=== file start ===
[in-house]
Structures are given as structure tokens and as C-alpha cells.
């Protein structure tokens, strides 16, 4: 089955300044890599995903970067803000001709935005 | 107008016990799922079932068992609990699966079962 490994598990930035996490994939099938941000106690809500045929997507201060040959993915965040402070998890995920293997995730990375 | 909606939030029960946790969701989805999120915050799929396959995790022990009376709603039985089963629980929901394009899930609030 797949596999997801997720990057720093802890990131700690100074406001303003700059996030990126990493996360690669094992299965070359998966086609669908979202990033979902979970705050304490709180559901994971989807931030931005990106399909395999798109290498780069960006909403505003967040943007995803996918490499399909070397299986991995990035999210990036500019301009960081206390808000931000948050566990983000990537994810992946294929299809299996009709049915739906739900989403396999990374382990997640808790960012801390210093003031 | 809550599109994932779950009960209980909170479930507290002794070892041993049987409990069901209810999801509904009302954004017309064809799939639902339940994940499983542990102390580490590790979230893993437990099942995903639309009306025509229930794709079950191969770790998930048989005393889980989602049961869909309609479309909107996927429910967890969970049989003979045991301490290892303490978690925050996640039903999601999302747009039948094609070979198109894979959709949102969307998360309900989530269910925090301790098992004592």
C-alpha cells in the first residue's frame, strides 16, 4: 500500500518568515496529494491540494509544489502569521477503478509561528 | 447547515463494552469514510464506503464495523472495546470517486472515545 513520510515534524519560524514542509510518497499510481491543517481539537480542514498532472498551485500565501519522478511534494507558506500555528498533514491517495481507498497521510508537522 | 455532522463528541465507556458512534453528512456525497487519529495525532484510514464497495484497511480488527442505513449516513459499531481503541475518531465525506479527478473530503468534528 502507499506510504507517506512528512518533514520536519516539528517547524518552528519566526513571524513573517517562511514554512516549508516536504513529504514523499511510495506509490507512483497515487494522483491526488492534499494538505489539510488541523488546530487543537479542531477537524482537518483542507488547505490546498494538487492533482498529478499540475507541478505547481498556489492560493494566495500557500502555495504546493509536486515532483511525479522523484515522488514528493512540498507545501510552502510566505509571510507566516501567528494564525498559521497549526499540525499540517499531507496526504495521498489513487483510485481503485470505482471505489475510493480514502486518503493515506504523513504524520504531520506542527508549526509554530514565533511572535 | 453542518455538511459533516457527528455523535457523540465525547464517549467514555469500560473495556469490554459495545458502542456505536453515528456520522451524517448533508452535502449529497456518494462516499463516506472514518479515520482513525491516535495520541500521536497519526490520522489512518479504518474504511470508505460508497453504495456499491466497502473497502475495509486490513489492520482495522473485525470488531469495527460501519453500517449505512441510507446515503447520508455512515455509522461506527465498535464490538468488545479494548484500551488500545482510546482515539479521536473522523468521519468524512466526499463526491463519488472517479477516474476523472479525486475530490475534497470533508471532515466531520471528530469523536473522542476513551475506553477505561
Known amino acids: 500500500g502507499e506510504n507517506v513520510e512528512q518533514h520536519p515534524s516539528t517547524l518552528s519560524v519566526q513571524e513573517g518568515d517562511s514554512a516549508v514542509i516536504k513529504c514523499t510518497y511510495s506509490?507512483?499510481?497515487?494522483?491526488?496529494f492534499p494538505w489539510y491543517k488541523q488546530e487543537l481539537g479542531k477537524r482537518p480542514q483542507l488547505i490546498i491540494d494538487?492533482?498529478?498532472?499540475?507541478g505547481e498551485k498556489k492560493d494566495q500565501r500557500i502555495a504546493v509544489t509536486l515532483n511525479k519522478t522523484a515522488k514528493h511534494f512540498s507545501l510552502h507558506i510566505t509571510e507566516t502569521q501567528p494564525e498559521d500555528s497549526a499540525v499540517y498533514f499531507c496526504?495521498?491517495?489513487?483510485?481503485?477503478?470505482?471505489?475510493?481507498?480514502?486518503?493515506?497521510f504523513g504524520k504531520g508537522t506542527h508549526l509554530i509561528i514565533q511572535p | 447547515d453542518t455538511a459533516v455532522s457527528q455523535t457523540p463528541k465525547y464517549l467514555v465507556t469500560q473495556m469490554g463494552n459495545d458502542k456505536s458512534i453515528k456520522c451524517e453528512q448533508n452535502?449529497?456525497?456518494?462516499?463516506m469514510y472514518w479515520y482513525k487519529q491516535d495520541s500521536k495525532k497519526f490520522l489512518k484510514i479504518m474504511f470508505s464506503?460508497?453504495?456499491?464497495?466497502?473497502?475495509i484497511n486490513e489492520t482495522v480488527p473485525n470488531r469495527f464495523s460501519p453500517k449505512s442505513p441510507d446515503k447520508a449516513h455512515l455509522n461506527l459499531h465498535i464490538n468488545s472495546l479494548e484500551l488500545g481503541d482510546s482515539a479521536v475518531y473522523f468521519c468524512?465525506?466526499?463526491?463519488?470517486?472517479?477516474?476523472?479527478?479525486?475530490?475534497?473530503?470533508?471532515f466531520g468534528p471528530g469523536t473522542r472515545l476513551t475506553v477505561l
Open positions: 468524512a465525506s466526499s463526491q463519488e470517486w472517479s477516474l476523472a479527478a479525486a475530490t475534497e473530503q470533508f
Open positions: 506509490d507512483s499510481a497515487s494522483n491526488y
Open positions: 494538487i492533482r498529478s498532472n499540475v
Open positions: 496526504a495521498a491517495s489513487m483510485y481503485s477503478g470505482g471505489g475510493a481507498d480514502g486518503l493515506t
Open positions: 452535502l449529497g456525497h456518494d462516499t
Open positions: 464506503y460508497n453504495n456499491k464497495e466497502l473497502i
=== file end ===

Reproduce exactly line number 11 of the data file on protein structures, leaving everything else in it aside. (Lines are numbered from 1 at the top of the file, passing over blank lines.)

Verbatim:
Open positions: 464506503y460508497n453504495n456499491k464497495e466497502l473497502i